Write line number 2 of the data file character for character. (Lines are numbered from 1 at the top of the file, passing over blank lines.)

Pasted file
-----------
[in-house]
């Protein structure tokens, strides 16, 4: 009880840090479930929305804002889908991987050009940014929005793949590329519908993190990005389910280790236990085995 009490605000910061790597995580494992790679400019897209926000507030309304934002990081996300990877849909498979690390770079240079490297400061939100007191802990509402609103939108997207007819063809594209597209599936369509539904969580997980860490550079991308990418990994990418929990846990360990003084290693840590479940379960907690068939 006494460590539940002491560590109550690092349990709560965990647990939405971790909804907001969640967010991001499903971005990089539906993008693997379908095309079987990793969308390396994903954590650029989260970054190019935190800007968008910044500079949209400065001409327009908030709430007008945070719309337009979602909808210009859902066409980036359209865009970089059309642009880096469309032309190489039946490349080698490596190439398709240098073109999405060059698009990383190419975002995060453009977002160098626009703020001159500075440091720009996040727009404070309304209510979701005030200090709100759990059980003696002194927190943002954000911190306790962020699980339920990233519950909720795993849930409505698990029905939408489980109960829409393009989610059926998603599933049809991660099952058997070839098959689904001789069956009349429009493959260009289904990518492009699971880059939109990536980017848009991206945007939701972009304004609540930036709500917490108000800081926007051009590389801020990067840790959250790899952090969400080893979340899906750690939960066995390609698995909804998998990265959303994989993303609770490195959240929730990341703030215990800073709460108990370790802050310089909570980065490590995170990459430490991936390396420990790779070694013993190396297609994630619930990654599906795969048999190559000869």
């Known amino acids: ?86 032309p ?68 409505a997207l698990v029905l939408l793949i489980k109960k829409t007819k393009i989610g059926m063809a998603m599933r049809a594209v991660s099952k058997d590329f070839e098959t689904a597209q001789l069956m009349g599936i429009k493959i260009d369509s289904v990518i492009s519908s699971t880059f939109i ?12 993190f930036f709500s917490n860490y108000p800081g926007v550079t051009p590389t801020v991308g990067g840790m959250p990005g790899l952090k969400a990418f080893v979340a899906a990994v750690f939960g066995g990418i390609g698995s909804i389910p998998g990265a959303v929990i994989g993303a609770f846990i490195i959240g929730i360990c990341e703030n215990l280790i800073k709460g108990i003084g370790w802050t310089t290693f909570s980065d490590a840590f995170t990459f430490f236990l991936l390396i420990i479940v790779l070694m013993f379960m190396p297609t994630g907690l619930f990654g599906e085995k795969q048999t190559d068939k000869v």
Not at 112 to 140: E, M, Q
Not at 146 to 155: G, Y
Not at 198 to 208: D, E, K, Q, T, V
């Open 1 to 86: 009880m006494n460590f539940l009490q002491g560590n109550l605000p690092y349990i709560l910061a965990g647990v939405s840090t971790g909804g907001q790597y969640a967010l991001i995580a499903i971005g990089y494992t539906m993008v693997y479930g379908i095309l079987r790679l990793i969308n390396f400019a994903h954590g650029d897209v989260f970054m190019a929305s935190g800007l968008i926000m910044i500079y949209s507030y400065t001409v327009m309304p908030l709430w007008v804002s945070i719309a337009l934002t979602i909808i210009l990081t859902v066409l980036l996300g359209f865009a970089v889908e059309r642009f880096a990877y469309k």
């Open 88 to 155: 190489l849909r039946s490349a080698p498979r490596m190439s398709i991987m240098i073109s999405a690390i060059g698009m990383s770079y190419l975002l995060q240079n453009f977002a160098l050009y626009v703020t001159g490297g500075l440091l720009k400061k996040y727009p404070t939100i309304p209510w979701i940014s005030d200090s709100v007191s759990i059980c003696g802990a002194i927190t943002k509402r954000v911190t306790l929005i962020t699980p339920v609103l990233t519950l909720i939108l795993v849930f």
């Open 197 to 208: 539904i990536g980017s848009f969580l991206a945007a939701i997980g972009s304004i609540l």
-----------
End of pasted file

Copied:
């Protein structure tokens, strides 16, 4: 009880840090479930929305804002889908991987050009940014929005793949590329519908993190990005389910280790236990085995 009490605000910061790597995580494992790679400019897209926000507030309304934002990081996300990877849909498979690390770079240079490297400061939100007191802990509402609103939108997207007819063809594209597209599936369509539904969580997980860490550079991308990418990994990418929990846990360990003084290693840590479940379960907690068939 006494460590539940002491560590109550690092349990709560965990647990939405971790909804907001969640967010991001499903971005990089539906993008693997379908095309079987990793969308390396994903954590650029989260970054190019935190800007968008910044500079949209400065001409327009908030709430007008945070719309337009979602909808210009859902066409980036359209865009970089059309642009880096469309032309190489039946490349080698490596190439398709240098073109999405060059698009990383190419975002995060453009977002160098626009703020001159500075440091720009996040727009404070309304209510979701005030200090709100759990059980003696002194927190943002954000911190306790962020699980339920990233519950909720795993849930409505698990029905939408489980109960829409393009989610059926998603599933049809991660099952058997070839098959689904001789069956009349429009493959260009289904990518492009699971880059939109990536980017848009991206945007939701972009304004609540930036709500917490108000800081926007051009590389801020990067840790959250790899952090969400080893979340899906750690939960066995390609698995909804998998990265959303994989993303609770490195959240929730990341703030215990800073709460108990370790802050310089909570980065490590995170990459430490991936390396420990790779070694013993190396297609994630619930990654599906795969048999190559000869």